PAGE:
There are more ways than ever to get yourself (and your work) seen online. Whether yours is a design, illustration, photography, code, or product portfolio, take a look at some of these tools for getting it out there.
Dunked is simple: Create an account, add projects and pages, then customize how your work is presented by using one of the available templates.
During setup you’ll specify your own personal subdomain of dunked.com (yourpersonalthingy.dunked.com), or you can use the custom domain feature and point to a domain of your own.
Dunked offers a ten day free trial period, after which you’ll need to sign up for one of the payment plans, ranging from $7 per month to $29 per month depending on the features or scale you want. Check out the showcase for some examples out in the wild.
Format is a similar platform to dunked, in that it offers a customizable hosted environment for showing off your work. The onboarding experience is similar too: non-committal (no credit card) signup, after which you’re guided through the process of setting up your portfolio. Both offer live chat, just in case:
Choose from a multitude of themes, customize them at will, then off you go.
Plans range from $5.75 per month, to $24.99 depending on features and scale. Take a look at some very talented folk making use of format.
“Nah, I don’t like Squarespace” – said nobody, ever
Squarespace is by no means exclusively a portfolio platform, but many of its templates are perfectly suited for showing off photography, art, illustration, and design. Positioned similarly to our previous two examples, portfolio website prices range from $8 per month, to $26 per month.
In terms of features, expect hosting, custom domains, extensive templates, support, scalability, analytics, all that jazz. There’s also a free iOS app, which keeps your portfolio synced and unreliant on an internet connection, right on your iPhone or iPad. Take a look at what others have done with Squarespace and their portfolios, then give it a whirl.
Leveraging its already huge reach into the creative community, Adobe recently launched Portfolio, their answer to the cloud-based portfolio market.
With just a handful of layouts to currently choose from, the first step has been made very easy.
— Andrew Couldwell (@andrewcouldwell) February 18, 2016
Take a look at the five layouts in question here; they’re very strong examples of what you can do:
So, grab a template, then you’ll be taken to the portfolio editor, at which point you can start adding projects and editing the presentation. Projects, as you might imagine, are filled with your own examples of work.
What makes Adobe’s product stand out is that you can optionally sync your projects to your own profile on the Behance Network. Additionally (and this is a pretty cool feature) you can credit other individuals and teams, by linking to their profiles on Behance:
Portfolio is quite new, so please let us know if you’ve used it and what your thoughts are.
Up until now, Behance offered its own form of advanced portfolio: ProSite. Using your Behance profile, you could present your work in more flexible ways, and distribute everything across alternative popular galleries. With the advent of Adobe Portfolio, however, ProSite is due for discontinuation.
Still, some of the examples made with ProSite remain pretty darn inspirational:
Fancy taking the reigns yourself? Behance Portfolio Manager is a WordPress plugin which pulls in your work with some help from the Behance API. Being a plugin, the style of presentation is entirely (beyond some basic layout options) down to your chosen WordPress theme.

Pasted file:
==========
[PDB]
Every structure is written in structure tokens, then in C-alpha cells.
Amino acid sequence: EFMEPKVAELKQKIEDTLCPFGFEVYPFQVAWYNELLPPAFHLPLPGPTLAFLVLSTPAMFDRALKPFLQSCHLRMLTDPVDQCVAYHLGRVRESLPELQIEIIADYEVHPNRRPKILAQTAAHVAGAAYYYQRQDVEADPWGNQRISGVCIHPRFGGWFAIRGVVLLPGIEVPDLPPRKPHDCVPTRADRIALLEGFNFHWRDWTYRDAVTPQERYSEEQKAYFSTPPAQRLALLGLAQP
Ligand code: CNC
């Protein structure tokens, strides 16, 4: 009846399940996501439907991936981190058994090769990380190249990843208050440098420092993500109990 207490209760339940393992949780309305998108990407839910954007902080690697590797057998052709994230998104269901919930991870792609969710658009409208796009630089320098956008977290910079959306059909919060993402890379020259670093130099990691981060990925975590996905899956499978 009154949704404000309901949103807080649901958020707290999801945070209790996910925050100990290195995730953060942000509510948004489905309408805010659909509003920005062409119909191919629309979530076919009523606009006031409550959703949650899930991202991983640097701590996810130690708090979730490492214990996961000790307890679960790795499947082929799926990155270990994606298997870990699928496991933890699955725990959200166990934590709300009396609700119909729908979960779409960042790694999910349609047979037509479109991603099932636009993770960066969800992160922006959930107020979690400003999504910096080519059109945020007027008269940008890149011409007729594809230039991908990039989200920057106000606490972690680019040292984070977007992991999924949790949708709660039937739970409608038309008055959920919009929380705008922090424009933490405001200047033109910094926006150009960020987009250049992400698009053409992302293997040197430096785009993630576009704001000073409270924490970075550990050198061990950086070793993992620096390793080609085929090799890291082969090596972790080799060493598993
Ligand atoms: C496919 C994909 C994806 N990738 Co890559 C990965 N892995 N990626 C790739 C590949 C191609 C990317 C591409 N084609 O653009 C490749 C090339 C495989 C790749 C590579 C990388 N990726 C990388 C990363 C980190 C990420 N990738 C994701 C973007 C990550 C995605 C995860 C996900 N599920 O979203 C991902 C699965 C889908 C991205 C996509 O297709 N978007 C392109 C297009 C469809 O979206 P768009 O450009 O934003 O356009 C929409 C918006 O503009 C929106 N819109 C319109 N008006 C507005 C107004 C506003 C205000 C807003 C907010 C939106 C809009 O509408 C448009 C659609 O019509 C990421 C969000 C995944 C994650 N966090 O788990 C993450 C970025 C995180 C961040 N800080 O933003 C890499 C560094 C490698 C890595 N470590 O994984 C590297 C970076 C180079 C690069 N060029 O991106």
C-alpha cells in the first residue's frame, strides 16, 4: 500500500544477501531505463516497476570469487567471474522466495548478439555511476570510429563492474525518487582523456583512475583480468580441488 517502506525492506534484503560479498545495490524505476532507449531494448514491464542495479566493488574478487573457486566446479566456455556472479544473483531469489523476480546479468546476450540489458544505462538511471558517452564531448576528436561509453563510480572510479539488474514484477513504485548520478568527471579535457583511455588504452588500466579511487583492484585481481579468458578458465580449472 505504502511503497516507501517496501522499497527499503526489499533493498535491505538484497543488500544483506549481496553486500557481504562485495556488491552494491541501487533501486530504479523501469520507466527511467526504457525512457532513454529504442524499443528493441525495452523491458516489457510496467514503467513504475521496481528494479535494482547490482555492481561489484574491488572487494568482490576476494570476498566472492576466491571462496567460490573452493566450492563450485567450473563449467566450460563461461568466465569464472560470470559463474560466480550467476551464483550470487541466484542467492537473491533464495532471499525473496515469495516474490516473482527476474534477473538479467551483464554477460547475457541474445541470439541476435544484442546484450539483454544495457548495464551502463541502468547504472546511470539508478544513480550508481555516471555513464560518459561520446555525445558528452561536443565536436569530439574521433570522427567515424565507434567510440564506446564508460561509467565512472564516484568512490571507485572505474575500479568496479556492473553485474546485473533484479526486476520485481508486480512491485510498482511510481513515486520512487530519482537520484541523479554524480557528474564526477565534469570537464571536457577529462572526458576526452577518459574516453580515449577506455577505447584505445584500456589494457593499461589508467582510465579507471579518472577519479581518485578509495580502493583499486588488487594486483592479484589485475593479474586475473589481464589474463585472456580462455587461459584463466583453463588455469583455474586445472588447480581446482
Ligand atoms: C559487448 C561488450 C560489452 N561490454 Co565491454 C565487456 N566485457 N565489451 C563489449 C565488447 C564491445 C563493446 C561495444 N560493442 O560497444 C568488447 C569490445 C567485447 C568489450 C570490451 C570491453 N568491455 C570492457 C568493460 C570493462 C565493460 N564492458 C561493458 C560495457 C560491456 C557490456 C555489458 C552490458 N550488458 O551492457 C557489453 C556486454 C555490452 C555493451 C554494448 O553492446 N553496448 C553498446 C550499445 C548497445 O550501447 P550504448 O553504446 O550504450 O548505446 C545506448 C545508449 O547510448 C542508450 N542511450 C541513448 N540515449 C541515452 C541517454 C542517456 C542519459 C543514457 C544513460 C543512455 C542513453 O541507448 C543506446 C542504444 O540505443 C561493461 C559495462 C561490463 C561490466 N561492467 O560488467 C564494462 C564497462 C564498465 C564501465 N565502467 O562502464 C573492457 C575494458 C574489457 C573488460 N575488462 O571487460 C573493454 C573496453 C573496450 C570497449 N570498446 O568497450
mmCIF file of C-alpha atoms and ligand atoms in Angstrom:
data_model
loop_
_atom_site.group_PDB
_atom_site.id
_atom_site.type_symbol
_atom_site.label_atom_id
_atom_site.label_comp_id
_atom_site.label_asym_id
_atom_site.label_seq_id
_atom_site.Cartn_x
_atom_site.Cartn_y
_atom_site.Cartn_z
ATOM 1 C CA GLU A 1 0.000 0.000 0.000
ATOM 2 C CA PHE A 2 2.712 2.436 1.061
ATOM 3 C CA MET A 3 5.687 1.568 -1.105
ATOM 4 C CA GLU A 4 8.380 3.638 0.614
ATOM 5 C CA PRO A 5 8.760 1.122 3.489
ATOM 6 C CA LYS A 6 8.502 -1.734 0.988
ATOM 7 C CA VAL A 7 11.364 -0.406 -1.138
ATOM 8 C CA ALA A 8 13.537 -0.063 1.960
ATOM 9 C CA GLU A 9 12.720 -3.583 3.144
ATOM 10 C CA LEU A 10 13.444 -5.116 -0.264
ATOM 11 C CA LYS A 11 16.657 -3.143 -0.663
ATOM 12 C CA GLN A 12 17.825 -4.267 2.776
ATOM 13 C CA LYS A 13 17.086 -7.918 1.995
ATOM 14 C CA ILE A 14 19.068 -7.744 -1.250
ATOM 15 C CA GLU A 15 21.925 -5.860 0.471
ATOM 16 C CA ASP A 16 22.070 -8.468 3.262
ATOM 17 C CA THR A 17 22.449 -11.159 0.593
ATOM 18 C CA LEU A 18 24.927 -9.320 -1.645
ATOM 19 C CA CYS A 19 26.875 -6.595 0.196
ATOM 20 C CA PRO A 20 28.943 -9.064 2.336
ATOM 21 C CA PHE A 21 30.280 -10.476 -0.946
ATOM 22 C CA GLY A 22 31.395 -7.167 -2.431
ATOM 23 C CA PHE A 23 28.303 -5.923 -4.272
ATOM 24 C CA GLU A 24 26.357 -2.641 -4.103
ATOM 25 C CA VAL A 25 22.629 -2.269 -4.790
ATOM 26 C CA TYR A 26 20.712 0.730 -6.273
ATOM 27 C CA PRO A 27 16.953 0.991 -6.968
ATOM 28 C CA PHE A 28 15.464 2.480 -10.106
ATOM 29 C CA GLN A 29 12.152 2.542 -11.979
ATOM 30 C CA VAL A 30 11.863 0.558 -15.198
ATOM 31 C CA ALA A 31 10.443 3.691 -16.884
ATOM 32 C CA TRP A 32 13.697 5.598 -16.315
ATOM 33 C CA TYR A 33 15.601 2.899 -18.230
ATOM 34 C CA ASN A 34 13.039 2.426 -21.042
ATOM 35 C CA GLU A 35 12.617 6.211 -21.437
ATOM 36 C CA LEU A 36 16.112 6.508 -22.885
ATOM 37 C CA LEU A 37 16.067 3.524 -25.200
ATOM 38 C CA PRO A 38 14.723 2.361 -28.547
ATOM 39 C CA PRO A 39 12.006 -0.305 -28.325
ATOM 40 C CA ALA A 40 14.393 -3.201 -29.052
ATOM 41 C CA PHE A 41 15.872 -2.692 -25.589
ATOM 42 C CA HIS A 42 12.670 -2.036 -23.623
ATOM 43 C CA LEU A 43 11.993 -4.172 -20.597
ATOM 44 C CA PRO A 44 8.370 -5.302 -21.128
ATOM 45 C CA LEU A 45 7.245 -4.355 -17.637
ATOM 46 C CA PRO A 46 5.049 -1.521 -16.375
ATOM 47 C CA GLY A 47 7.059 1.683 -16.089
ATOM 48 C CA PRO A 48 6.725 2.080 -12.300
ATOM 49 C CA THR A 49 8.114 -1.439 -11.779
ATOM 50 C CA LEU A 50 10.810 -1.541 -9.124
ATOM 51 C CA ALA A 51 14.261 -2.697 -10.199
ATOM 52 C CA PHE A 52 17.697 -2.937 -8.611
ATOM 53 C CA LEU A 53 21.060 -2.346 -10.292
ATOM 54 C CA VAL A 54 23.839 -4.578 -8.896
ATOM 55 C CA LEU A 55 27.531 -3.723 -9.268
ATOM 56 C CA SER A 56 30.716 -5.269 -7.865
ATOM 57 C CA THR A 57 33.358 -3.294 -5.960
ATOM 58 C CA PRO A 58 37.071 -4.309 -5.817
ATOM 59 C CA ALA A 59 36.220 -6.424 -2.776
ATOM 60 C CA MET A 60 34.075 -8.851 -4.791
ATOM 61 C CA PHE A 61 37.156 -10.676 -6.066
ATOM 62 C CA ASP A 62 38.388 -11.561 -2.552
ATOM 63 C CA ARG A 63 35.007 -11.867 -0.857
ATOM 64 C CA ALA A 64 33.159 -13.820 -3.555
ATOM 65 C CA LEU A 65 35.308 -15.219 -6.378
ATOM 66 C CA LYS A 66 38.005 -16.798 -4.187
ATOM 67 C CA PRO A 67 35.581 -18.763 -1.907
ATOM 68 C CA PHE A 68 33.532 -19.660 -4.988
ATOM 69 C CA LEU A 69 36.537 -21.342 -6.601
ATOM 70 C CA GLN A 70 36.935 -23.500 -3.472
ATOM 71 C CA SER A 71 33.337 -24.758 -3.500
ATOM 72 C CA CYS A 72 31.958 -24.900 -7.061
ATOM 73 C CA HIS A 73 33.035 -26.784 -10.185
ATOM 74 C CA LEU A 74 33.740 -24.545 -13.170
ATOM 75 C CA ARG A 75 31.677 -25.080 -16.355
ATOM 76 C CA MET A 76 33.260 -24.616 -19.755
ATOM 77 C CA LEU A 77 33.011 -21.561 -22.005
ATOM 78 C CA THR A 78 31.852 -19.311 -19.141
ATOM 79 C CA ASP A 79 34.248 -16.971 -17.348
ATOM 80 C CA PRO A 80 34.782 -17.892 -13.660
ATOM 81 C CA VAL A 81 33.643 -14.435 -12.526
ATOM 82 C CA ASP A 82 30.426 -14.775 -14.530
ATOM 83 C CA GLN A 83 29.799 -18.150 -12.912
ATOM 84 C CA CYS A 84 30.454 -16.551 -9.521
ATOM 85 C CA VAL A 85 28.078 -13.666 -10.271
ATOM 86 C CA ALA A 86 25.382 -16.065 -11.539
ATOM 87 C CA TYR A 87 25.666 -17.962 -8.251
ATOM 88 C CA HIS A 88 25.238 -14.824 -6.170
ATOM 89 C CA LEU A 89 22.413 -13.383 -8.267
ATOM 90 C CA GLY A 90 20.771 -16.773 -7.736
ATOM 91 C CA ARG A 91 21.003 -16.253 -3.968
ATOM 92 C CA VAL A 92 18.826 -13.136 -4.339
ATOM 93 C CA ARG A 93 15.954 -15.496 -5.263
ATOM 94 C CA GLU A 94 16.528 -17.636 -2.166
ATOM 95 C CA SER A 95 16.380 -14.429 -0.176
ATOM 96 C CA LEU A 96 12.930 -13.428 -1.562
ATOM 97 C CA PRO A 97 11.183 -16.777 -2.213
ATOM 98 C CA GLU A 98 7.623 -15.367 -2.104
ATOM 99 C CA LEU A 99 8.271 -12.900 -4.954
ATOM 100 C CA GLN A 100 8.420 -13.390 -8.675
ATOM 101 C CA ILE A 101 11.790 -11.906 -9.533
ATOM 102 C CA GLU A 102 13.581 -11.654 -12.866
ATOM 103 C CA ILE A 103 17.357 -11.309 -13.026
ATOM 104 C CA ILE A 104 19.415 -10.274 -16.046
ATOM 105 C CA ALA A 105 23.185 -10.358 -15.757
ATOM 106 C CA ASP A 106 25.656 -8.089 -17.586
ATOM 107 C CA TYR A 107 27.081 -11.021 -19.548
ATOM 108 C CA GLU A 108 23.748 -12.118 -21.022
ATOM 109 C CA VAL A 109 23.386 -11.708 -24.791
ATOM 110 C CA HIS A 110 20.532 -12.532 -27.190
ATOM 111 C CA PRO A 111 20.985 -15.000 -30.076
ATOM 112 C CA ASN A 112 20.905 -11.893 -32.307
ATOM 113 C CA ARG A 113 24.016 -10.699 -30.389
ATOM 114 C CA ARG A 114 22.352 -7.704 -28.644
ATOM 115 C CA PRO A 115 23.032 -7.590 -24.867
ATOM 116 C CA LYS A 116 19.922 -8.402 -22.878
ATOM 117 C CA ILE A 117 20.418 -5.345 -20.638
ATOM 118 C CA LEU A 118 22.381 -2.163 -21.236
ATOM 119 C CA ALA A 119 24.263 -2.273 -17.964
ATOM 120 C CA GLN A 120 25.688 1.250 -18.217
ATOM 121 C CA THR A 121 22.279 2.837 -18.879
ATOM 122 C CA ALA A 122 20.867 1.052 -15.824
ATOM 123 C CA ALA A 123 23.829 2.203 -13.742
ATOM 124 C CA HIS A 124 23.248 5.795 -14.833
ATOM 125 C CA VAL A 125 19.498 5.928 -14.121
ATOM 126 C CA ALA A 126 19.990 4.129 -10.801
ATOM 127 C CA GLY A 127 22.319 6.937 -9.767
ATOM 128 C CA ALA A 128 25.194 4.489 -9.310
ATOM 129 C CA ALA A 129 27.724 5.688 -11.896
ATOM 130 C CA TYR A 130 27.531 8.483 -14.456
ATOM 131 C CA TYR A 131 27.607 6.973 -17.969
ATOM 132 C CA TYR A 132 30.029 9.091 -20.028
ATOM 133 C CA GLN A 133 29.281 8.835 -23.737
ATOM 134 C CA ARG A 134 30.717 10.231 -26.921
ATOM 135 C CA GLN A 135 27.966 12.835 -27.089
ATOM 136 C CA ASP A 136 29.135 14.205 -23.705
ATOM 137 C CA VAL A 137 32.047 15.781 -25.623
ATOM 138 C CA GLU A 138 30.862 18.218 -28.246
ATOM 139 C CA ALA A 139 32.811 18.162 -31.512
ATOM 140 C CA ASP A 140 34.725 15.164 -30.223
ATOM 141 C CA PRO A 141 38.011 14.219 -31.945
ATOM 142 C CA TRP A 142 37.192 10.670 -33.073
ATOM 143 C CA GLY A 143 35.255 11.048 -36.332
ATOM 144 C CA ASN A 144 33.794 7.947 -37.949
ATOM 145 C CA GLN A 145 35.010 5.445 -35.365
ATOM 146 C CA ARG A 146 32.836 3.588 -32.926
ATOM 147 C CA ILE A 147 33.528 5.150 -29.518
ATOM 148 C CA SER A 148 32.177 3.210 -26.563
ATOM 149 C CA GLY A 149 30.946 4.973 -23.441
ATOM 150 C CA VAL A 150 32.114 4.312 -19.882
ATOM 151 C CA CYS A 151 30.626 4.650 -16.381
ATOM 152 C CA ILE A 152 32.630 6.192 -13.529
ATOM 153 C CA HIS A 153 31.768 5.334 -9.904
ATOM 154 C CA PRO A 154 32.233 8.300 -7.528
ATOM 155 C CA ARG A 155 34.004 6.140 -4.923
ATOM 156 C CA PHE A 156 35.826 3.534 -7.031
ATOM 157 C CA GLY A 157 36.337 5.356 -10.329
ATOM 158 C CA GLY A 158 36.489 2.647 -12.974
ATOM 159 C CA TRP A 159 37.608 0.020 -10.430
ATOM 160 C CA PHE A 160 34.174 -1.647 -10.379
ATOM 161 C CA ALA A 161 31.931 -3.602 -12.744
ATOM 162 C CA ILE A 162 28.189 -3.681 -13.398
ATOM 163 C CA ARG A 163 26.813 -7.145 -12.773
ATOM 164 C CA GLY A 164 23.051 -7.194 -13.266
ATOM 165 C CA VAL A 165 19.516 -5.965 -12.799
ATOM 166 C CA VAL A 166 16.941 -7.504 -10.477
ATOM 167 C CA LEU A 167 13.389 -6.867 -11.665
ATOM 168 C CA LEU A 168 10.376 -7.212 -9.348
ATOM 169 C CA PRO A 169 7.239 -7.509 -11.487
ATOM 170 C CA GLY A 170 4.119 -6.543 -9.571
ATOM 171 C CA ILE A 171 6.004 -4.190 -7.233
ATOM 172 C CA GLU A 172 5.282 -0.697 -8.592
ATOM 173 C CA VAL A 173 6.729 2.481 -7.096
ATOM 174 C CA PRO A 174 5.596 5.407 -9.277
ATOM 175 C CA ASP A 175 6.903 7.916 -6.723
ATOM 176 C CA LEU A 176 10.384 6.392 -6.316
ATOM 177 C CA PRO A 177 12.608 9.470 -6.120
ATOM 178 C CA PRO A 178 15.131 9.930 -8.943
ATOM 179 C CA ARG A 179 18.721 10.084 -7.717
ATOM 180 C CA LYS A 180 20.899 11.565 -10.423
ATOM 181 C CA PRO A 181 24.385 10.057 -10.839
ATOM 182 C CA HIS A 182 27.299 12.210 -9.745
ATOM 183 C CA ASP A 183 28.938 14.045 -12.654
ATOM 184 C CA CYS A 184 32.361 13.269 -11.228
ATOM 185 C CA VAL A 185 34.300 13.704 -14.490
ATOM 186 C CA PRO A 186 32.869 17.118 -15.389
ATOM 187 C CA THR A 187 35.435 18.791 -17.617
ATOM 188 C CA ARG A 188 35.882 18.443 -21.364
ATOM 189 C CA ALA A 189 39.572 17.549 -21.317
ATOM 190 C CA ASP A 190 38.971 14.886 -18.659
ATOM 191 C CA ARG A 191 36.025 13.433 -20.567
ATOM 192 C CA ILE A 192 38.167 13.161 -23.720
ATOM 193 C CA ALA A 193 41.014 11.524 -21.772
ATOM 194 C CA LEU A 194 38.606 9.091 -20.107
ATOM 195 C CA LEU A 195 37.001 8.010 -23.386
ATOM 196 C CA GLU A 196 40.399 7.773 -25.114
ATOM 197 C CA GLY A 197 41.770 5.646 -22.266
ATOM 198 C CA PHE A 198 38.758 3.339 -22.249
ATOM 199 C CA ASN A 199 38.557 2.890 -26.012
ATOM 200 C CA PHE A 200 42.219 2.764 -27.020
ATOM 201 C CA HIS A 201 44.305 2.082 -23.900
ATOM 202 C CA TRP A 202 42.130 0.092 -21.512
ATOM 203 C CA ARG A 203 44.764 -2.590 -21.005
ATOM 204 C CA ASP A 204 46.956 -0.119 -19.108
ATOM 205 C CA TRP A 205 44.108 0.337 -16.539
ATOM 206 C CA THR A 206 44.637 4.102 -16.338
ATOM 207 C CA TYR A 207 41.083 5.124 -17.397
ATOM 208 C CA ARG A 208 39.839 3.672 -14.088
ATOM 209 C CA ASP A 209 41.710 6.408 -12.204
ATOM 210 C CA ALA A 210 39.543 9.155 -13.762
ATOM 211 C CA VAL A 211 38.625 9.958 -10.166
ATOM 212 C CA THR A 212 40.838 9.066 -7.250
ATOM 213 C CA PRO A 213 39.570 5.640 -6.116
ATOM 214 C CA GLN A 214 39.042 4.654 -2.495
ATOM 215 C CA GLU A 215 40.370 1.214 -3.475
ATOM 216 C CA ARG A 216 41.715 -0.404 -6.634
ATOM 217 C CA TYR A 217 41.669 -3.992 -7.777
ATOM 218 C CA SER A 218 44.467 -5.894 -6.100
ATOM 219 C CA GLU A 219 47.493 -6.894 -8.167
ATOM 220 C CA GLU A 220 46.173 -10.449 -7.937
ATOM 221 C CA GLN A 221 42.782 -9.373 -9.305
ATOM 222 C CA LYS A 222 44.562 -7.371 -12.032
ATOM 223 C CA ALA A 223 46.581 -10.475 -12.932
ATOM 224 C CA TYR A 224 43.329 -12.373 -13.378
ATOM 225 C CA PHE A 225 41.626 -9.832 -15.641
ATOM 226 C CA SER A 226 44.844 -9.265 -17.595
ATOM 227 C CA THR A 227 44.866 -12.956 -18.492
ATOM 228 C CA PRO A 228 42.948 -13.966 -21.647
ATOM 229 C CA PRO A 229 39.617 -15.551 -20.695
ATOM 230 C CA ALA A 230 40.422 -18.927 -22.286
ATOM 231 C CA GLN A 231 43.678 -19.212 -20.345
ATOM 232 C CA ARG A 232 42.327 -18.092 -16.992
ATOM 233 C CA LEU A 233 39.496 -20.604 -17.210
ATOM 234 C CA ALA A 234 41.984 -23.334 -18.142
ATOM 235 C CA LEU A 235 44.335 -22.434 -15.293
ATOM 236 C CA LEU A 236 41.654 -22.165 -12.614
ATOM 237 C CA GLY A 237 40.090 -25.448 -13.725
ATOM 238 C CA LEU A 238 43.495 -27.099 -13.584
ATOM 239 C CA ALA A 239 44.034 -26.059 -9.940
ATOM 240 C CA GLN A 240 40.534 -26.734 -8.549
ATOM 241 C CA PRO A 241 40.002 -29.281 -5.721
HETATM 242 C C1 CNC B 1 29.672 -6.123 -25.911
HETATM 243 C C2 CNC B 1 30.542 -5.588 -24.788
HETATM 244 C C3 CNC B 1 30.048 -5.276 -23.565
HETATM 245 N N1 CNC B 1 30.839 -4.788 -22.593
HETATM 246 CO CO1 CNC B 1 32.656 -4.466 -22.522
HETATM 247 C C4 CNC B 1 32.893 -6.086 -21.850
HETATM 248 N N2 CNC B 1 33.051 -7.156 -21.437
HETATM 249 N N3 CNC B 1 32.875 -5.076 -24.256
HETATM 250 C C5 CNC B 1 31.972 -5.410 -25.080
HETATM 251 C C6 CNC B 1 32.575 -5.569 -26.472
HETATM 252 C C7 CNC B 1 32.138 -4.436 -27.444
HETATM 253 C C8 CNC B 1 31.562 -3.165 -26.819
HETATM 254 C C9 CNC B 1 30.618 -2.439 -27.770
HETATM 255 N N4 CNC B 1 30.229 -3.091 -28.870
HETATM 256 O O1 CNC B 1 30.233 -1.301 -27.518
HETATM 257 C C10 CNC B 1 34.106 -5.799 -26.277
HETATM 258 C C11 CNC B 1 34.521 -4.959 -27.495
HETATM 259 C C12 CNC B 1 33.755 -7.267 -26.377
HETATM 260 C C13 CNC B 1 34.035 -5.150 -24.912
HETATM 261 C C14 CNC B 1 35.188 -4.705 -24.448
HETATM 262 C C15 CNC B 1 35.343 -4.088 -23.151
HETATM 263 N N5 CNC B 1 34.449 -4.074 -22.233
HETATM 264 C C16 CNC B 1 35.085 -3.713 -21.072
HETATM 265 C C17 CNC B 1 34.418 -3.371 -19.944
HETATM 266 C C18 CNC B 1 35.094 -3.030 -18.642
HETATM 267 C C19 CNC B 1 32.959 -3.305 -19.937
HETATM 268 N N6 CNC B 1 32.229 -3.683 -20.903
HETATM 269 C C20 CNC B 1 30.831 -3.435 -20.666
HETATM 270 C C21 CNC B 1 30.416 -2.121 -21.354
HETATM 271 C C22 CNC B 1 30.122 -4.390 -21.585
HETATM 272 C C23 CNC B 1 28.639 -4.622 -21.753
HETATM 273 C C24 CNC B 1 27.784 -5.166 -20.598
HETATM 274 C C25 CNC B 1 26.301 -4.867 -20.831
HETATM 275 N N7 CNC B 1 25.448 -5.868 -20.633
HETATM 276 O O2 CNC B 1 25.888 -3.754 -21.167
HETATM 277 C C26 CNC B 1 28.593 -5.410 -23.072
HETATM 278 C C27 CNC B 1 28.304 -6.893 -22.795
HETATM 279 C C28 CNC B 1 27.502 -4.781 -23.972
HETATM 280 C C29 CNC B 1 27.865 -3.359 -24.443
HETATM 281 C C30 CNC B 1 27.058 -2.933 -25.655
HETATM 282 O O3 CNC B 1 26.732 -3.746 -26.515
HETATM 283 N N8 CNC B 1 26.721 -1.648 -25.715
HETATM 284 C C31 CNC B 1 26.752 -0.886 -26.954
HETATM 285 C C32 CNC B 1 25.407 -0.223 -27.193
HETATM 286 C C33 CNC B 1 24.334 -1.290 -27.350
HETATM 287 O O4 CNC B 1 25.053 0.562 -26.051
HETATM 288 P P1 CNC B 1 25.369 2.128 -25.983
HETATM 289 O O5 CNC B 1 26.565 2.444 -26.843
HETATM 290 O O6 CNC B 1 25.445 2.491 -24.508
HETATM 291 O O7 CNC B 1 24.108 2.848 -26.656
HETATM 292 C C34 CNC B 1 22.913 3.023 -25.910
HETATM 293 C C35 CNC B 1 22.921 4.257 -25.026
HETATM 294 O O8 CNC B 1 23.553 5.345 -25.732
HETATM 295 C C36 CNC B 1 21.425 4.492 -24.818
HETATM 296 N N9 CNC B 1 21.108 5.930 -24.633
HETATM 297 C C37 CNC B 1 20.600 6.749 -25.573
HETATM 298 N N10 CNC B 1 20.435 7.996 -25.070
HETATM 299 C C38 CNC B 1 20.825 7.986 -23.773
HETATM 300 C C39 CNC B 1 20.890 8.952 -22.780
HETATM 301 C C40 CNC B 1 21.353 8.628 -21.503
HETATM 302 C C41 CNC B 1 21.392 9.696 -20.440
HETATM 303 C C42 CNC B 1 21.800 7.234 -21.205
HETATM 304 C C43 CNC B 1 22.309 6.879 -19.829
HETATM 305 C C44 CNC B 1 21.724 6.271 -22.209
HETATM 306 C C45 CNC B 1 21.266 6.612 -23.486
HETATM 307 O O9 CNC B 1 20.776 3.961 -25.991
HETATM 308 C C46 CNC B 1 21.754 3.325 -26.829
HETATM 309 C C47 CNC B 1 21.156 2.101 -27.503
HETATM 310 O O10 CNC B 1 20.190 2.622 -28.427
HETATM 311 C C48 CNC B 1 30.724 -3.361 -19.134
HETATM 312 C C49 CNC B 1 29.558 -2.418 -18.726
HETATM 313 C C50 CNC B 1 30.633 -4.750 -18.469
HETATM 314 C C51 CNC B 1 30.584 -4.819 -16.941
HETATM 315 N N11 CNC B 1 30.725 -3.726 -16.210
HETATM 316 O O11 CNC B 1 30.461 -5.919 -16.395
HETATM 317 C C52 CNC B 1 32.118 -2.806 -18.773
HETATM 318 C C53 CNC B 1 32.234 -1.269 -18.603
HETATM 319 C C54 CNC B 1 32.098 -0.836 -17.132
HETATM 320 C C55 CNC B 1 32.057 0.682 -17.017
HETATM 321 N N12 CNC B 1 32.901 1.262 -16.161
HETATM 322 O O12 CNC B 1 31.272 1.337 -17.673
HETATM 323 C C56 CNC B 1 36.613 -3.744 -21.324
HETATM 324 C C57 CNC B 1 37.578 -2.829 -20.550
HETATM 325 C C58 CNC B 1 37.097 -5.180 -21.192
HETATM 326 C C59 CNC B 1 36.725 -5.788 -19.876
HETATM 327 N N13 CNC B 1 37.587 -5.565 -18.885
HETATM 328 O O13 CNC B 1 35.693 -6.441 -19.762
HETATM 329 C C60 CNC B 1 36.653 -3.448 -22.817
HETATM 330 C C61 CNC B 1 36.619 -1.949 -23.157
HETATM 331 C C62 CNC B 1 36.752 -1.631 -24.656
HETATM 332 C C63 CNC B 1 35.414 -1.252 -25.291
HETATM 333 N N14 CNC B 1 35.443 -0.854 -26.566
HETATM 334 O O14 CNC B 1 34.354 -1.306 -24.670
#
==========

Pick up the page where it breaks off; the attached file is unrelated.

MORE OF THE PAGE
Another tutorial we published last year, this time based on the Dribbble API. Follow Jonathan Cutrell as he builds a static web page, using Flexbox layout techniques, and the Jribbble jQuery plugin to pull in portfolio examples from your Dribbble account.
Alternatively, let Dribbbox do the heavy lifting for you–self hosted, no external assets necessary. Download the files, add the appropriate credentials in config.js, then upload to your web server.
And it goes without saying, that you can quite legitimately use Dribbble itself as your online portfolio..
Lastly on the Dribbble theme, we have ⌘+SPACE. This is a platform, offering a hosted page which drags in your Dribbble credentials. With a degree of customization on offer, ⌘+SPACE allows you to change the background image or color, and add your personal array of social network profiles so people can connect. Whilst there’s no current option for specifying custom URLs, that missing detail would appear to be on the horizon:
In a similar way to the examples above, Penfolio takes your Codepen profile and outputs its contents in the form of a portfolio. As the instructions say: add your Codepen username to the JS variable provided, and that’s it!
Semplice is not a platform. It’s a WordPress theme, with a one-time-only price tag of $89. What you build and present to the world comes packaged with lovely details: slick responsive designs, optimized performance, and transitioned page refreshes for a smooth experience. Check out this hugely varied range of examples for inspiration!
But Semplice is not only about the front-end. What it offers in terms of the back-end is very different–a completely custom content editor in the WordPress admin:
The WordPress Portfolio category on Envato Market is, quite simply, massive–boasting over 800 themes to get stuck into. Take a look at some of them below!
Lastly, worthy of a special mention, is sites.envato.com. Whilst still in development, you can sign up to be given early access as soon as the switches are flipped:
These are just a few ways to kickstart your online portfolio. How have you done it in the past? Which other tools are you thinking of trying? Let us know in the comments!